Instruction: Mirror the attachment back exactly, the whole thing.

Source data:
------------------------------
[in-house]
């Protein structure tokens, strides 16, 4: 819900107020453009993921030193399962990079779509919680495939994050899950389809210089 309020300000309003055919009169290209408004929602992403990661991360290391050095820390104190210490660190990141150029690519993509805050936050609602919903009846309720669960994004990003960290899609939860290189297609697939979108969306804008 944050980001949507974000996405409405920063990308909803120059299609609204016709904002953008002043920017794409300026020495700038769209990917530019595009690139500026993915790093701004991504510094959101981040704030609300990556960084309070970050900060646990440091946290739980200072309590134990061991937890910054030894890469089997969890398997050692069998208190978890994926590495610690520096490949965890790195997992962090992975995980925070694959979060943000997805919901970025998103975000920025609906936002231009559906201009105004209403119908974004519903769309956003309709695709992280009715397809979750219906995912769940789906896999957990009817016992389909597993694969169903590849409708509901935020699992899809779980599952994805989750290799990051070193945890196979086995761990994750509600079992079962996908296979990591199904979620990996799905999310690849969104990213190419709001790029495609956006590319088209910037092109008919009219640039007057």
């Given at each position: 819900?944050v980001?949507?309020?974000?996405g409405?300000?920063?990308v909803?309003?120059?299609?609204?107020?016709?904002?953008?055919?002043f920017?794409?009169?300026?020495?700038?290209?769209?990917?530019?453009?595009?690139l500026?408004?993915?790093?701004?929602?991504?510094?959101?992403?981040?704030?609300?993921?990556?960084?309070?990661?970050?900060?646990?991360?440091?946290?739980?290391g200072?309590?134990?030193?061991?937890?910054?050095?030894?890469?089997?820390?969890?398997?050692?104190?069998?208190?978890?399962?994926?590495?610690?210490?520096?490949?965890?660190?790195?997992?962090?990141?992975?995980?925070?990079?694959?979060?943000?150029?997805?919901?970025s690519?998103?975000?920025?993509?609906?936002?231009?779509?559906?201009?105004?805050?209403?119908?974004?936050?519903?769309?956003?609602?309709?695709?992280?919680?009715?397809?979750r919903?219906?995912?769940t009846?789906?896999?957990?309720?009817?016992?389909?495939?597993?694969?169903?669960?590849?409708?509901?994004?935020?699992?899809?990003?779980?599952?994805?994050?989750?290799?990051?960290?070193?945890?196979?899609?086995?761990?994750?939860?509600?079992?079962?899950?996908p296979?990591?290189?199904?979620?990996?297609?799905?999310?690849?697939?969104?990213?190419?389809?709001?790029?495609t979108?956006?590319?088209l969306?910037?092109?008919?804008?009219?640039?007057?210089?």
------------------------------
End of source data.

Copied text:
[in-house]
């Protein structure tokens, strides 16, 4: 819900107020453009993921030193399962990079779509919680495939994050899950389809210089 309020300000309003055919009169290209408004929602992403990661991360290391050095820390104190210490660190990141150029690519993509805050936050609602919903009846309720669960994004990003960290899609939860290189297609697939979108969306804008 944050980001949507974000996405409405920063990308909803120059299609609204016709904002953008002043920017794409300026020495700038769209990917530019595009690139500026993915790093701004991504510094959101981040704030609300990556960084309070970050900060646990440091946290739980200072309590134990061991937890910054030894890469089997969890398997050692069998208190978890994926590495610690520096490949965890790195997992962090992975995980925070694959979060943000997805919901970025998103975000920025609906936002231009559906201009105004209403119908974004519903769309956003309709695709992280009715397809979750219906995912769940789906896999957990009817016992389909597993694969169903590849409708509901935020699992899809779980599952994805989750290799990051070193945890196979086995761990994750509600079992079962996908296979990591199904979620990996799905999310690849969104990213190419709001790029495609956006590319088209910037092109008919009219640039007057």
């Given at each position: 819900?944050v980001?949507?309020?974000?996405g409405?300000?920063?990308v909803?309003?120059?299609?609204?107020?016709?904002?953008?055919?002043f920017?794409?009169?300026?020495?700038?290209?769209?990917?530019?453009?595009?690139l500026?408004?993915?790093?701004?929602?991504?510094?959101?992403?981040?704030?609300?993921?990556?960084?309070?990661?970050?900060?646990?991360?440091?946290?739980?290391g200072?309590?134990?030193?061991?937890?910054?050095?030894?890469?089997?820390?969890?398997?050692?104190?069998?208190?978890?399962?994926?590495?610690?210490?520096?490949?965890?660190?790195?997992?962090?990141?992975?995980?925070?990079?694959?979060?943000?150029?997805?919901?970025s690519?998103?975000?920025?993509?609906?936002?231009?779509?559906?201009?105004?805050?209403?119908?974004?936050?519903?769309?956003?609602?309709?695709?992280?919680?009715?397809?979750r919903?219906?995912?769940t009846?789906?896999?957990?309720?009817?016992?389909?495939?597993?694969?169903?669960?590849?409708?509901?994004?935020?699992?899809?990003?779980?599952?994805?994050?989750?290799?990051?960290?070193?945890?196979?899609?086995?761990?994750?939860?509600?079992?079962?899950?996908p296979?990591?290189?199904?979620?990996?297609?799905?999310?690849?697939?969104?990213?190419?389809?709001?790029?495609t979108?956006?590319?088209l969306?910037?092109?008919?804008?009219?640039?007057?210089?």